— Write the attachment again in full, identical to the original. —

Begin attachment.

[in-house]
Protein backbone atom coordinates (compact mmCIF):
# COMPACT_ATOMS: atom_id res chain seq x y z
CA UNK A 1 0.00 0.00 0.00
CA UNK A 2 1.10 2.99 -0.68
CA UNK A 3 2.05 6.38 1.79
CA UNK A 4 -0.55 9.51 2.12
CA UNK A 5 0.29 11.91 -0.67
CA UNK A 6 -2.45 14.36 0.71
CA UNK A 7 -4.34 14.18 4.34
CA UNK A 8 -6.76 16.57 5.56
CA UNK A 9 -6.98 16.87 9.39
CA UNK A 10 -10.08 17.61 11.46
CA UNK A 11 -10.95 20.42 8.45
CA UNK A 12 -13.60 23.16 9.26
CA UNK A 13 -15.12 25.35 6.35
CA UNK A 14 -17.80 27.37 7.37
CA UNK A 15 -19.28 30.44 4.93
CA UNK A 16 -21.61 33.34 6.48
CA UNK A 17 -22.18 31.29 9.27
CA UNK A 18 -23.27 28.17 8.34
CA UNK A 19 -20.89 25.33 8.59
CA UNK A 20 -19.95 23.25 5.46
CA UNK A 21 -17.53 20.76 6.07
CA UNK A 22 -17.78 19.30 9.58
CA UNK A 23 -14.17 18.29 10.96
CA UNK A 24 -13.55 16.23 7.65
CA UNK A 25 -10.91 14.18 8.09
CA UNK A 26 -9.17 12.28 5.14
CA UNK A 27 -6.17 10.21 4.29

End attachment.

[in-house]
Protein backbone atom coordinates (compact mmCIF):
# COMPACT_ATOMS: atom_id res chain seq x y z
CA UNK A 1 0.00 0.00 0.00
CA UNK A 2 1.10 2.99 -0.68
CA UNK A 3 2.05 6.38 1.79
CA UNK A 4 -0.55 9.51 2.12
CA UNK A 5 0.29 11.91 -0.67
CA UNK A 6 -2.45 14.36 0.71
CA UNK A 7 -4.34 14.18 4.34
CA UNK A 8 -6.76 16.57 5.56
CA UNK A 9 -6.98 16.87 9.39
CA UNK A 10 -10.08 17.61 11.46
CA UNK A 11 -10.95 20.42 8.45
CA UNK A 12 -13.60 23.16 9.26
CA UNK A 13 -15.12 25.35 6.35
CA UNK A 14 -17.80 27.37 7.37
CA UNK A 15 -19.28 30.44 4.93
CA UNK A 16 -21.61 33.34 6.48
CA UNK A 17 -22.18 31.29 9.27
CA UNK A 18 -23.27 28.17 8.34
CA UNK A 19 -20.89 25.33 8.59
CA UNK A 20 -19.95 23.25 5.46
CA UNK A 21 -17.53 20.76 6.07
CA UNK A 22 -17.78 19.30 9.58
CA UNK A 23 -14.17 18.29 10.96
CA UNK A 24 -13.55 16.23 7.65
CA UNK A 25 -10.91 14.18 8.09
CA UNK A 26 -9.17 12.28 5.14
CA UNK A 27 -6.17 10.21 4.29